Cardiologists at HCA, which owns 163 U.S. hospitals, have been unable to justify as many as half of their catheterization procedures going back as far as 2002 and continuing through 2010, according to the article and the results of the company's own internal audit.
The investigation began after a former nurse in one of HCA's Florida hospitals complained to the chain's chief ethics officer that cardiac cath procedures were being performed routinely on patients without a medical need. Less than two months after initiating an investigation, the ethics officer confirmed to a Times reporter that the charges were valid. Meanwhile, the whistleblower nurse, C. T. Tomlinson, told the newspaper that his contract was not renewed after reporting the faulty practices.
No internal documents reviewed by the newspaper calculate how many procedures were wrongly undertaken, and whether patients might have died or been injured as a result. The documents suggest that the problems at HCA were widespread, but whether there was a financial motive for the unnecessary procedures is unclear, the Times wrote of the HCA report.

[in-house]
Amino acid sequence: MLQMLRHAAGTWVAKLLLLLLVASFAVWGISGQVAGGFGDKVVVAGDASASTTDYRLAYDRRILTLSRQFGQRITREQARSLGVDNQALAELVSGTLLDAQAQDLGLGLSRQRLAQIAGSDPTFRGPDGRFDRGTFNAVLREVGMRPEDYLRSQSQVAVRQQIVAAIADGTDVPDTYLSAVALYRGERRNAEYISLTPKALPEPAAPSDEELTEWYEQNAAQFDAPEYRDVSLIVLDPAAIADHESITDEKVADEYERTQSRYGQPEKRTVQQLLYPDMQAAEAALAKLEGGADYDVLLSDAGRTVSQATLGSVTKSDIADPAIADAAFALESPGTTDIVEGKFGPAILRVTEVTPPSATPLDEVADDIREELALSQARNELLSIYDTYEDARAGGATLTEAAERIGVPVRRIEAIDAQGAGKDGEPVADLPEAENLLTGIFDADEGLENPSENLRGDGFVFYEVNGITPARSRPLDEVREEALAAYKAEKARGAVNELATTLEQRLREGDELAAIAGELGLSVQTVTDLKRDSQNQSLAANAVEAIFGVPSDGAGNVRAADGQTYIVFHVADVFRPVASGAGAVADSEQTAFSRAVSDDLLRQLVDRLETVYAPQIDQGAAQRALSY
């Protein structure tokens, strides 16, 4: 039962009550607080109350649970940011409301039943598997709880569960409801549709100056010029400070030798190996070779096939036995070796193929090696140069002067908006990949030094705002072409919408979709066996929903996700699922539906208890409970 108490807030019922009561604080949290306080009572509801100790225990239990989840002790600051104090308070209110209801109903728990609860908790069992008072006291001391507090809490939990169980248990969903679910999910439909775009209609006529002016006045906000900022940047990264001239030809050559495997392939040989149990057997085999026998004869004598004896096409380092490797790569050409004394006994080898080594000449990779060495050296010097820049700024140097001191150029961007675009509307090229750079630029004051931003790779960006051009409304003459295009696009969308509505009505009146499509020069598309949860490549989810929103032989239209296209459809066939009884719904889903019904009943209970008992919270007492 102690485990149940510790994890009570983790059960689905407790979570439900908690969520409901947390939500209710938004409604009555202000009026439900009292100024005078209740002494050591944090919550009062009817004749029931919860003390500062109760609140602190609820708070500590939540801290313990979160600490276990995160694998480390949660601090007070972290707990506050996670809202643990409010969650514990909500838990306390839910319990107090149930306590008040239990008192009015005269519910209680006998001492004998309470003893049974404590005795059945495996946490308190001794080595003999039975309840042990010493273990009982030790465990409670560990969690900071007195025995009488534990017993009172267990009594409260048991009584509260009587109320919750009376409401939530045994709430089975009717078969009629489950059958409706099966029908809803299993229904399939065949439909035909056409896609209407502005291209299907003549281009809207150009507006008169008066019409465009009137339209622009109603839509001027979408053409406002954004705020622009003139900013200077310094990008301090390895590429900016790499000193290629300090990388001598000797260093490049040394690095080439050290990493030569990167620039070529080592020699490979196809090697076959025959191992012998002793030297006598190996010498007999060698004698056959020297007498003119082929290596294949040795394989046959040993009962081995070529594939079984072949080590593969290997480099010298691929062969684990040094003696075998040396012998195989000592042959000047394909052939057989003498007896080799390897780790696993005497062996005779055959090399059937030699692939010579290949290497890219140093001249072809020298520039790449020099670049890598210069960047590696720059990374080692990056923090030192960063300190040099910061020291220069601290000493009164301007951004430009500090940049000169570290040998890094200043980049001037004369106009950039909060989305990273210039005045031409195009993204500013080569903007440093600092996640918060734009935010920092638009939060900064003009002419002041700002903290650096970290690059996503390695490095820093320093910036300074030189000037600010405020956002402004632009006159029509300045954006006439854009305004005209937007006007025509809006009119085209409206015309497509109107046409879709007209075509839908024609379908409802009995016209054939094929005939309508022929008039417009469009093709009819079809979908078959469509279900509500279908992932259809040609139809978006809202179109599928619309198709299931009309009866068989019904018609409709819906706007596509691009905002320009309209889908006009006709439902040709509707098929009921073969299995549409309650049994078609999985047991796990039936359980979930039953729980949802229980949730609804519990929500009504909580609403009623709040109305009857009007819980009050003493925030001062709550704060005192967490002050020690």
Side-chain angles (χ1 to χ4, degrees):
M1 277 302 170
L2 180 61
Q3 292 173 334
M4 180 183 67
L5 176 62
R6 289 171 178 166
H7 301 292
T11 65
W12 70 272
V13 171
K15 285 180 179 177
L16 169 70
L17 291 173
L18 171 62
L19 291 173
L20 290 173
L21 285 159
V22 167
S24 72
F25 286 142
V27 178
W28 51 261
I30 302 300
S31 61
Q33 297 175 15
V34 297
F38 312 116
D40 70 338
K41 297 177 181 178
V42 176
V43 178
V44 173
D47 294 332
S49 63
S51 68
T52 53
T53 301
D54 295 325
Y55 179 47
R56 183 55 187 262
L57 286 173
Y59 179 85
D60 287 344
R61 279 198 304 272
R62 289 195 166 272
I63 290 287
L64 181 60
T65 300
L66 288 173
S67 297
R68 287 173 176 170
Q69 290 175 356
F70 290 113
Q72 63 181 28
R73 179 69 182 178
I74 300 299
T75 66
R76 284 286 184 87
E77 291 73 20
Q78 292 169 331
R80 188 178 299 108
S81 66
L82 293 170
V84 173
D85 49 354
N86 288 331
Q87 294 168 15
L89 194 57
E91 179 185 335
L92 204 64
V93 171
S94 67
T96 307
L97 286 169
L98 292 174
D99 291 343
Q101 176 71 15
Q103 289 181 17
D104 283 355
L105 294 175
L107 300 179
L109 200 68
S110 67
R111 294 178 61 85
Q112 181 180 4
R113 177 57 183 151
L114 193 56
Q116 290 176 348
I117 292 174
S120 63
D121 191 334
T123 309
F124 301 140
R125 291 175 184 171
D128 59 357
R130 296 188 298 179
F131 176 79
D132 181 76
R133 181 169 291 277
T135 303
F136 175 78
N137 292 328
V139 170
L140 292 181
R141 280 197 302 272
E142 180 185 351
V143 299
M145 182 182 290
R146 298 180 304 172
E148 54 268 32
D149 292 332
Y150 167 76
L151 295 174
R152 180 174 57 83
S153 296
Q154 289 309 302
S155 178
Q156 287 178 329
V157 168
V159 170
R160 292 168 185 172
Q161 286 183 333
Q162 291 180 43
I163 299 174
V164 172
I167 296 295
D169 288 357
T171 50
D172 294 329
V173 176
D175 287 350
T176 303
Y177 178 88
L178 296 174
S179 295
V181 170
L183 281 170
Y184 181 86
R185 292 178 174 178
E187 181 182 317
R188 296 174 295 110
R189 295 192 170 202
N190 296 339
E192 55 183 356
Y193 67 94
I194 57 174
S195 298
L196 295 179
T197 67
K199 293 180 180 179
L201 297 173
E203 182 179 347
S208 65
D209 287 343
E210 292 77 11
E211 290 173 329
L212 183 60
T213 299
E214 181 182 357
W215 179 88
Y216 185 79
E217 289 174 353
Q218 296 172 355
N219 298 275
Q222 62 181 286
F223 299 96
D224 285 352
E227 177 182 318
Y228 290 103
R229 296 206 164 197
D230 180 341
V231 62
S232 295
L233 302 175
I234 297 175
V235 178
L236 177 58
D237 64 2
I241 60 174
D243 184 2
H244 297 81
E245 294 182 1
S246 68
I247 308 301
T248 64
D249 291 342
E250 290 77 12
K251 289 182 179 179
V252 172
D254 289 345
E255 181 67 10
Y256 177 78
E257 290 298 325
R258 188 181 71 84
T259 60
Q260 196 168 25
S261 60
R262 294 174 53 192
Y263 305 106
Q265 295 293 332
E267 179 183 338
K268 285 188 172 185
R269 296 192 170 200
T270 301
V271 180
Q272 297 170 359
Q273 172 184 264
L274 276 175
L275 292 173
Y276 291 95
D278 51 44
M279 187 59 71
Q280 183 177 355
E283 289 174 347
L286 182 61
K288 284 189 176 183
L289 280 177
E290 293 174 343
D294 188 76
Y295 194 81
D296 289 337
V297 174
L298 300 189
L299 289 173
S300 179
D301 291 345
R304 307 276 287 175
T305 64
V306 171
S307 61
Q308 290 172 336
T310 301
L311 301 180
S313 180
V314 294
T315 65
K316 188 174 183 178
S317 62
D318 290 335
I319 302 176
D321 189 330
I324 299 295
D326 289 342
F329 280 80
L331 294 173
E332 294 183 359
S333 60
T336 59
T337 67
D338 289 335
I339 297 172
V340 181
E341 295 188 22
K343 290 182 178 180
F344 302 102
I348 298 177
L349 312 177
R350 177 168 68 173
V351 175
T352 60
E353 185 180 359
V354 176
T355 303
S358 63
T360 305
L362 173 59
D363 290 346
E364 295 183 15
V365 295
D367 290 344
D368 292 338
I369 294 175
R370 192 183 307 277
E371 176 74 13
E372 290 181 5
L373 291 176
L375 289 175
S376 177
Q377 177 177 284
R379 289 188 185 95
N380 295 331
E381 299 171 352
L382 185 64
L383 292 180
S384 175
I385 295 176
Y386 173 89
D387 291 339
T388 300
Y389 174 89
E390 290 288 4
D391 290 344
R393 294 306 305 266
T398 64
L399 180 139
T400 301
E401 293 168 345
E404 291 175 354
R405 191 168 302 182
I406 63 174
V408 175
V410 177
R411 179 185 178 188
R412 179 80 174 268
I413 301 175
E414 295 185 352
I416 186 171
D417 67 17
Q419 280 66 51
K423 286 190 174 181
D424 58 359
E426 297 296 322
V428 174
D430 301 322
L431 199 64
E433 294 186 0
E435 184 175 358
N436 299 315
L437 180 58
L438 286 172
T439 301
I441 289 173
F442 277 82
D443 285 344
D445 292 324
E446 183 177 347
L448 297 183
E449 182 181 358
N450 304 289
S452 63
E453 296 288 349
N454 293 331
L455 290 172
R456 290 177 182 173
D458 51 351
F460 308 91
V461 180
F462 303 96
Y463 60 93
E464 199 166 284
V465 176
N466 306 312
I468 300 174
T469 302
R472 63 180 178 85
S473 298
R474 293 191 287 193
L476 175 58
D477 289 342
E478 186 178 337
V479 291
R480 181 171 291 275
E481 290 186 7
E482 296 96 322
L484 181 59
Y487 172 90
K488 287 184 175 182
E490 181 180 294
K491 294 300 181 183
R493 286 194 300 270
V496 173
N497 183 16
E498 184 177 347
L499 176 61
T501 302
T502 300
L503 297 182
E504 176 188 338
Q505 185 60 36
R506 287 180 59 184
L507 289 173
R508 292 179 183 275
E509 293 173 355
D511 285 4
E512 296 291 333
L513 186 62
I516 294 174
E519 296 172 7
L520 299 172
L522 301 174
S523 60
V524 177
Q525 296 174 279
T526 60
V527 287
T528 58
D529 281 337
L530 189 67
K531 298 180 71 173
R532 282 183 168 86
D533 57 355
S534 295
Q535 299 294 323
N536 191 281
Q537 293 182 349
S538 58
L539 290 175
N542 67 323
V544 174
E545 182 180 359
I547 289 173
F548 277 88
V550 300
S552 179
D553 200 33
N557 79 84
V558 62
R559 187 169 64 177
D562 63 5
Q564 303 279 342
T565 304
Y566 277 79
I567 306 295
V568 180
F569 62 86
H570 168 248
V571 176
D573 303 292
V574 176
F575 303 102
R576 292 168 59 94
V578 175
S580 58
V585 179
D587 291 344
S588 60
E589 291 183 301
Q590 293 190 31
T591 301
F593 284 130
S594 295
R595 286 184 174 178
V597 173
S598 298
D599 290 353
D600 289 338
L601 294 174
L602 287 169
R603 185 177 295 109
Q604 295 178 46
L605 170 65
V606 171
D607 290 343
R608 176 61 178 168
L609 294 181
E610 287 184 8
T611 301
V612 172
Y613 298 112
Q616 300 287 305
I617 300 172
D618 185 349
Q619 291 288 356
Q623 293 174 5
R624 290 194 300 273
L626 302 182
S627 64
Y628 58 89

According to the article, the HCA investigation found the most severe problems at a handful of Florida hospitals, including Cedars Medical Center in Miami, which HCA has sold, the Regional Medical Center Bayonet Point, and Lawnwood Regional Medical Center in Fort Pierce. In some cases, the doctors made misleading statements in medical records to make it appear that the procedures were warranted, according to reports provided to the Times. At Lawnwood, fully half of the 1,200 cardiac catheterization procedures were found to be unnecessary, the article stated.
Responding to the charges, the cardiologists told the Times that the review did not accurately reflect the care they provided to patients, and for its part, HCA said its reviews were "not, by any means, definitive," according to the newspaper.